How we potty trained our autistic son 11


Back in the summer I wrote a post about potty training an autistic child. We were a couple of weeks in and I was already pulling my hair out. It was hard, real hard! I was going to write an update a little while into it, but not much had changed. I was so stressed about it all I didn’t want to sit and write about it too. We had advice and support from an incontinence specialist and whilst her was advice invaluable, it also made me feel really awful for getting so cross with Hayden and his ‘accidents’. Well after just over 6 months later I can finally say we (mostly) have a potty trained little boy now. After talking to another blogger a couple of weeks back, I realised that I wasn’t the only person to find it all so hard, potty training a neuro-typical child is hard enough (which I have since found out after taking the plunge with Ellis) but potty training an autistic child, especially one that is non verbal or has minimal communication skills is the hardest and most stressful time in my parenting journey so far. I thought I may be able to help other people with my experience and share how we potty trained our autistic son.

I am completely aware no two autistic people are the same so you could have tried and failed using all these techniques, or it could have been a breeze. This is simply me drawing from my own experience and giving a couple of little nuggets of information we received from our incontinence specialist. (Disclaimer: this is my understanding of her advice and information and not word for word quotation)

How we potty trained our autistic son

how we potty trained our autistic son

 

The first couple of points are much like the advice you see for neuro-typical children.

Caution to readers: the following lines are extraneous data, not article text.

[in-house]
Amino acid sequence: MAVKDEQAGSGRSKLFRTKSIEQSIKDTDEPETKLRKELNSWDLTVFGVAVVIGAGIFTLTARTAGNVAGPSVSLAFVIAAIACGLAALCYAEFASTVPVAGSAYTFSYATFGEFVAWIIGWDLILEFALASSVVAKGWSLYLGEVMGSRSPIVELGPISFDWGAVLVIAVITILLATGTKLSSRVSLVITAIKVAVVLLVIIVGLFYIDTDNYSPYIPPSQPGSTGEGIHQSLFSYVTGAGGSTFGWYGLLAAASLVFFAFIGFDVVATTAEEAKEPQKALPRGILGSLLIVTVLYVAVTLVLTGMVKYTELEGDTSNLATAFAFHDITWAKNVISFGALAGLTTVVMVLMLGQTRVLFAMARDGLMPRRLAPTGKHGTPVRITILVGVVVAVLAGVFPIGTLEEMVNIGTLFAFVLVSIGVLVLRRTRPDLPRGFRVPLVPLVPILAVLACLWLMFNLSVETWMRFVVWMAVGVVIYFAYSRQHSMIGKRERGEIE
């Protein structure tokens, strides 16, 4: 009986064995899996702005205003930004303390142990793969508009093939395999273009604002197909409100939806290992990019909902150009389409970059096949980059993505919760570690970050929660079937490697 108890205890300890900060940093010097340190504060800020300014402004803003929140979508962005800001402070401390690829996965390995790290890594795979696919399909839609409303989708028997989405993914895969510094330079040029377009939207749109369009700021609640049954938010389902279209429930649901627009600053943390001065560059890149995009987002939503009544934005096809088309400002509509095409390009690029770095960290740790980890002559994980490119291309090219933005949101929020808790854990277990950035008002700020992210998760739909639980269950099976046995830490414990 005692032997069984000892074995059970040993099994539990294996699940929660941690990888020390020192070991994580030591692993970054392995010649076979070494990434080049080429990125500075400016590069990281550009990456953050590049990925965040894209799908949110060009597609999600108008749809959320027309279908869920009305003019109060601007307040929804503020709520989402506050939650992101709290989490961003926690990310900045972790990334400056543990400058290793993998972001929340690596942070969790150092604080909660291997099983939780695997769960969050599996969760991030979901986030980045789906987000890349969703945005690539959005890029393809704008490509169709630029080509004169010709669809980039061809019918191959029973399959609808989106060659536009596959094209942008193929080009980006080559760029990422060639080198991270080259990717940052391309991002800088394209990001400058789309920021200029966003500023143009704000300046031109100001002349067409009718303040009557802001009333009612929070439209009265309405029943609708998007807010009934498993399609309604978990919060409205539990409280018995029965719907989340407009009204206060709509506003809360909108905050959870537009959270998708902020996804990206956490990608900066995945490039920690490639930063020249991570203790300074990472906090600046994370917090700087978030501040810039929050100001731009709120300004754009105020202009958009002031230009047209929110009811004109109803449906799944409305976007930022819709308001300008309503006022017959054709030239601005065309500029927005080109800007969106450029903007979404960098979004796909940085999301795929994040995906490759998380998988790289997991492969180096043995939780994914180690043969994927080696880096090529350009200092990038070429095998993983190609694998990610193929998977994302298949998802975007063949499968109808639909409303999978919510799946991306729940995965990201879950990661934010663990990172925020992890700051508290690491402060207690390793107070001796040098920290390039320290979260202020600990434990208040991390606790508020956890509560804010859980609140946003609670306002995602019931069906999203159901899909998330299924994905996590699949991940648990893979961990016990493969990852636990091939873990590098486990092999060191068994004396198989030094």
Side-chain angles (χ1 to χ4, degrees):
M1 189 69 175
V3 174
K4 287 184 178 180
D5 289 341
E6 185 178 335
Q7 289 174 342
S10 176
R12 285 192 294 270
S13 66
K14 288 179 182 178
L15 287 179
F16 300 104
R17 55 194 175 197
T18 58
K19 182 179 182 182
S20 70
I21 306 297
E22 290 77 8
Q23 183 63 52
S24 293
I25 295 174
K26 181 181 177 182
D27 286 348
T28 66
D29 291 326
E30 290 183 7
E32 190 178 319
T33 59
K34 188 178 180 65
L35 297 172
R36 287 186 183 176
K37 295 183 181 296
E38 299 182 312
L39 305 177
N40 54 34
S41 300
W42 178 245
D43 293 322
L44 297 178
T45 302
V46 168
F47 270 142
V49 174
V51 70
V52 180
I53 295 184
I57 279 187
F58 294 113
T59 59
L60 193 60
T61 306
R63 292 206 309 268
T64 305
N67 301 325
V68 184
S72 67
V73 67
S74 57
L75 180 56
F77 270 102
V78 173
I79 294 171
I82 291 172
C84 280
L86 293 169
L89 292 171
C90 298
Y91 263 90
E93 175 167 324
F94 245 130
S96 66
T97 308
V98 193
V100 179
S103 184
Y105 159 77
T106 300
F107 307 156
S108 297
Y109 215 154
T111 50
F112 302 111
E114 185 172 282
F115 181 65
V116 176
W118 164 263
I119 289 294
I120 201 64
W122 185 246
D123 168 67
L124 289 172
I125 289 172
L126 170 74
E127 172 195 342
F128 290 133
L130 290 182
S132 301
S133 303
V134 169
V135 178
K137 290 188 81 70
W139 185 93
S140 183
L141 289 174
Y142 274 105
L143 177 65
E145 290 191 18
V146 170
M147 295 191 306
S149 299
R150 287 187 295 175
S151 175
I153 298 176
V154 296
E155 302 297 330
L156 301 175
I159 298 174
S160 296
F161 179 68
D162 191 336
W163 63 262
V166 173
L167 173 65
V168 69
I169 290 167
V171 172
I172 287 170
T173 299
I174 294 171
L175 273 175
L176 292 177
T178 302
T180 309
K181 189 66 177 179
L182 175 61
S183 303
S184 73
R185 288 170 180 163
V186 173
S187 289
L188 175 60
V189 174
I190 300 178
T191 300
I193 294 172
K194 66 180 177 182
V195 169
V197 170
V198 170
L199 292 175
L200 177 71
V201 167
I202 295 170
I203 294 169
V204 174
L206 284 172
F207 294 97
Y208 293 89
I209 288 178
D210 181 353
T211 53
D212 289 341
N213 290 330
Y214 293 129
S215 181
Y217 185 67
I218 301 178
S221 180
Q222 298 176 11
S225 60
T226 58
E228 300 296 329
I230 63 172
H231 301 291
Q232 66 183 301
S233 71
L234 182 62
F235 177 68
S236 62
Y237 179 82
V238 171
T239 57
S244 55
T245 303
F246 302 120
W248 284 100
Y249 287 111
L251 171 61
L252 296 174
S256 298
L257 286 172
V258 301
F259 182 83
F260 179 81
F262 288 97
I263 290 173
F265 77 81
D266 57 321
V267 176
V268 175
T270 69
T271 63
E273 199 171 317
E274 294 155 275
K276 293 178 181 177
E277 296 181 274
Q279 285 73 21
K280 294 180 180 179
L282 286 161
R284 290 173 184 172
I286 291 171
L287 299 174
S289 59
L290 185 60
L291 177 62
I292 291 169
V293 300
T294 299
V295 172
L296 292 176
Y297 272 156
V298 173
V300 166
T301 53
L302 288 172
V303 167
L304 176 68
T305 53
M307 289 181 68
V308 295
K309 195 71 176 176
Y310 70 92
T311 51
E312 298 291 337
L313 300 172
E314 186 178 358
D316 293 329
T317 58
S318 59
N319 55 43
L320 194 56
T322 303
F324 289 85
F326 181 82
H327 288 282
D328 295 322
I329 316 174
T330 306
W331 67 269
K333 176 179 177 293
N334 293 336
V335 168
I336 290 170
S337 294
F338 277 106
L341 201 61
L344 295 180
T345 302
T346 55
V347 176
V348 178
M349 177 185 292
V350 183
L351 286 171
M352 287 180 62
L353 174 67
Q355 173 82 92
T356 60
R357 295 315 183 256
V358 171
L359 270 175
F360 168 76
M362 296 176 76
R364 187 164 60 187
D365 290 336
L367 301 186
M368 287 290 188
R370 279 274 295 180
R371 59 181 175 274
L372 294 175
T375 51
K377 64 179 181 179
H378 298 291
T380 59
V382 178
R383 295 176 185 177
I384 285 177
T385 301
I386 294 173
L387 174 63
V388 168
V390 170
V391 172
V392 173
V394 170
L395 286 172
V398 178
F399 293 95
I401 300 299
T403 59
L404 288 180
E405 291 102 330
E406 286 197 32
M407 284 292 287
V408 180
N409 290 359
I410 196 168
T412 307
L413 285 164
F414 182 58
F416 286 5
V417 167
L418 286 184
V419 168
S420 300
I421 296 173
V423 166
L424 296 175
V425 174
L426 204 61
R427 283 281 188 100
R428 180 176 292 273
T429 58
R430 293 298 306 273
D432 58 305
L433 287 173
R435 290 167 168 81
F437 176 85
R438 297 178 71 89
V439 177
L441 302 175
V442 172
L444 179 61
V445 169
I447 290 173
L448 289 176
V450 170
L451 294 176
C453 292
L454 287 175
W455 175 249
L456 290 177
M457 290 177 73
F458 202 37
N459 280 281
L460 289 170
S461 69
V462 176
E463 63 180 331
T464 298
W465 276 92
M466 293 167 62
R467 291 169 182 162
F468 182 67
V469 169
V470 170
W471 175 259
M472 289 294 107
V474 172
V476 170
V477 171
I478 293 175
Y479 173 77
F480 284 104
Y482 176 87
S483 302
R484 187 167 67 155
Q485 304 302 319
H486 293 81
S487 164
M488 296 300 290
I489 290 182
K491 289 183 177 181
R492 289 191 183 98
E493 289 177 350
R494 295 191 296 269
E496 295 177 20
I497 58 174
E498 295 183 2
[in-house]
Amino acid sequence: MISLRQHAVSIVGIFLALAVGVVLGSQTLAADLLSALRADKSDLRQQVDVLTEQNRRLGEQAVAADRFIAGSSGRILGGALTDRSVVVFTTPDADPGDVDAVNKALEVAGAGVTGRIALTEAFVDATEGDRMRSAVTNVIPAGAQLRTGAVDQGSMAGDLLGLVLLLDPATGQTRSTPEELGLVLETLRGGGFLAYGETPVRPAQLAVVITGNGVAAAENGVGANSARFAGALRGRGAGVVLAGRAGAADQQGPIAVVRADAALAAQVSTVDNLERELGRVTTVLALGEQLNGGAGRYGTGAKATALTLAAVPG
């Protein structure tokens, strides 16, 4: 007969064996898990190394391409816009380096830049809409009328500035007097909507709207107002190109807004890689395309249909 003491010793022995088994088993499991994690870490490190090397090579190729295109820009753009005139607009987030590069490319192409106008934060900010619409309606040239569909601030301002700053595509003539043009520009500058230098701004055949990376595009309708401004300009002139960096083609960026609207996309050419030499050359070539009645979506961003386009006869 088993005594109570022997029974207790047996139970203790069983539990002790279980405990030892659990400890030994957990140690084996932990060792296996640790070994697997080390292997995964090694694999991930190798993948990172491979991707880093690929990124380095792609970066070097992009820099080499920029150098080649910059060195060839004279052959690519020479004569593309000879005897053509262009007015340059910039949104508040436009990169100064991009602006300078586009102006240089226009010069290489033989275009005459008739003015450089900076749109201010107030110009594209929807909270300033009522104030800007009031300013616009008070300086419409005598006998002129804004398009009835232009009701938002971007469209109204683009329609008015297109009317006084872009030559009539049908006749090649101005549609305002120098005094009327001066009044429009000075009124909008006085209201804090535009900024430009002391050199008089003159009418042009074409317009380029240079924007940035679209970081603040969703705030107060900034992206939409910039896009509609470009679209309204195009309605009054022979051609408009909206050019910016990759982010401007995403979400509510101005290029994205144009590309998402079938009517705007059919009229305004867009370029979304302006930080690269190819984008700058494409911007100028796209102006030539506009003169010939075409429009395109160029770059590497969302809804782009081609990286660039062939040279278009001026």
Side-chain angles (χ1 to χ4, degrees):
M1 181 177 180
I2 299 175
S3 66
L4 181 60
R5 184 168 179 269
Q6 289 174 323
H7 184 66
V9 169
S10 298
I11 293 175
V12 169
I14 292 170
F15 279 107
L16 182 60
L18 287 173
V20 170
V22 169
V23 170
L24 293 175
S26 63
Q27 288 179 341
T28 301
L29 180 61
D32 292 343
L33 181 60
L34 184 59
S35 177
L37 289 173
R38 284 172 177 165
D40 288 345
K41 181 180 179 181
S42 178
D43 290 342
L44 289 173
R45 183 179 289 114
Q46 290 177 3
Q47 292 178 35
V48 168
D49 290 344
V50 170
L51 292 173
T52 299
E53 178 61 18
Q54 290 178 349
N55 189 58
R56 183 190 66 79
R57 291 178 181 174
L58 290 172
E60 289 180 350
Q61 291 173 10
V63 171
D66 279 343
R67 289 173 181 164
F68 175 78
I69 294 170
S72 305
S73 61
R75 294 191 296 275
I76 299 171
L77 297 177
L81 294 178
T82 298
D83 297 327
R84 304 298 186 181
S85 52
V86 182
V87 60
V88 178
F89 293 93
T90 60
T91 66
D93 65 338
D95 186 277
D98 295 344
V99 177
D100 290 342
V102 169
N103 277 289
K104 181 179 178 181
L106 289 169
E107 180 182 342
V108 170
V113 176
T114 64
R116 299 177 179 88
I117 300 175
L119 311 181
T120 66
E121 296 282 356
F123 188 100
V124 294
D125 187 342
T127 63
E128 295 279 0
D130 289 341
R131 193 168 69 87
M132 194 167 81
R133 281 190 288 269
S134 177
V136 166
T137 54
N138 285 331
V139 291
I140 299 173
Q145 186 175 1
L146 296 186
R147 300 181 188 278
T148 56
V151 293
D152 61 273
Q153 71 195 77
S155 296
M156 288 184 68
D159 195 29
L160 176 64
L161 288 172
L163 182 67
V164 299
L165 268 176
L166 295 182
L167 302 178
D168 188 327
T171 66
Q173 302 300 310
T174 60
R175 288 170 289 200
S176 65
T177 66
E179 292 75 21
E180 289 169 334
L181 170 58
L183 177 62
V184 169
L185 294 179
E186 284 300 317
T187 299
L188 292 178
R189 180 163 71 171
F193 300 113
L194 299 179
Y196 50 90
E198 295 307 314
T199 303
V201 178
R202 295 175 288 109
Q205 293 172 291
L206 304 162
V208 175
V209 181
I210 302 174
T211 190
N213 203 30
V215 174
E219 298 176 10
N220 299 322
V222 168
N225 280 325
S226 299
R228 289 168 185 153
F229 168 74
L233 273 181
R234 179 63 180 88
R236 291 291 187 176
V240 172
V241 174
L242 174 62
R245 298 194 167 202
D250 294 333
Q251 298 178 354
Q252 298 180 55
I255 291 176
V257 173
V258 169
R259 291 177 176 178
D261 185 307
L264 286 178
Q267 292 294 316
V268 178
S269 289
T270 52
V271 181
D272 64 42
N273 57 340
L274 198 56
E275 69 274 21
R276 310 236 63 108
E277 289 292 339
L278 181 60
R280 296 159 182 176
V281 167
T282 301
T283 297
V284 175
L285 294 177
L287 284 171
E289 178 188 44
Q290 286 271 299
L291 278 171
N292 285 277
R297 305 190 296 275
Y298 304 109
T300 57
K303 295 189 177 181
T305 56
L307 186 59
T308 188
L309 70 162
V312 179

Wait for them to be ready

As with all children, you really have to wait for them to be ready. As Hayden got closer and closer to finishing pre-school and only weeks away from starting school, I was getting increasingly worried about social perception. A school child in a nappy? Not really ideal is it? I have since come to the conclusion I really don’t care what other people think anymore but that was where I was in my acceptance process at the time. As if by magic two weeks before Hayden finished pre school and we went into the beginning of the summer holidays, he decided no more nappies! I embraced it nervously, and what better time than the summer. Unfortunately the summer holiday’s weren’t as dry and sunny as hoped, so many accidents happened inside.

Reward the successes

As with neuro-typical children, for many on the spectrum praise goes a long way. I found praising Hayden really difficult actually. Not with my words, but rewarding him with a lolly or a little packet of sweets then caused mayhem from Ellis, who at 2 really didn’t understand why Hayden could have something and he couldn’t. We then went down the route of a sticker chart, but as our toilet is upstairs and much of the time Hayden would continue playing in his room after a success, all would be forgotten by the time he got downstairs a little later (usually asking for biscuits anyway). The best praise we could give him was high fives and lots of silly dancing and singing. He likes music so seemed to respond well. Reward whatever way suits your family, but it is so important.

Be prepared with PLENTY of pants, cleaning materials, baby wipes and air freshener/febreeze

Accidents are going to happen. A lot! I spent the best part of 3 months with a house that didn’t smell too pleasant by the end of each day. I could have gone down the route of hiring or even buying a carpet cleaner, but I would have been cleaning the entire upstairs every single day. As a mother of three children with a full time working husband, it just wasn’t feasible. We stocked up on vanish carpet cleaner (which might I add is rubbish-find an alternative) febreeze, cloths, scourers, air fresheners. Just to keep the house in some sort of order. Hayden much preferred to have his accidents upstairs, he could do it without being seen or told off. The problems came when he got it on himself. He doesn’t like the feel of it against him so would do anything and everything to find a way of getting it off his skin. I have cleaned walls, beds, doors, carpets, hand rails, wardrobes, teddies, bedding, all in one sitting!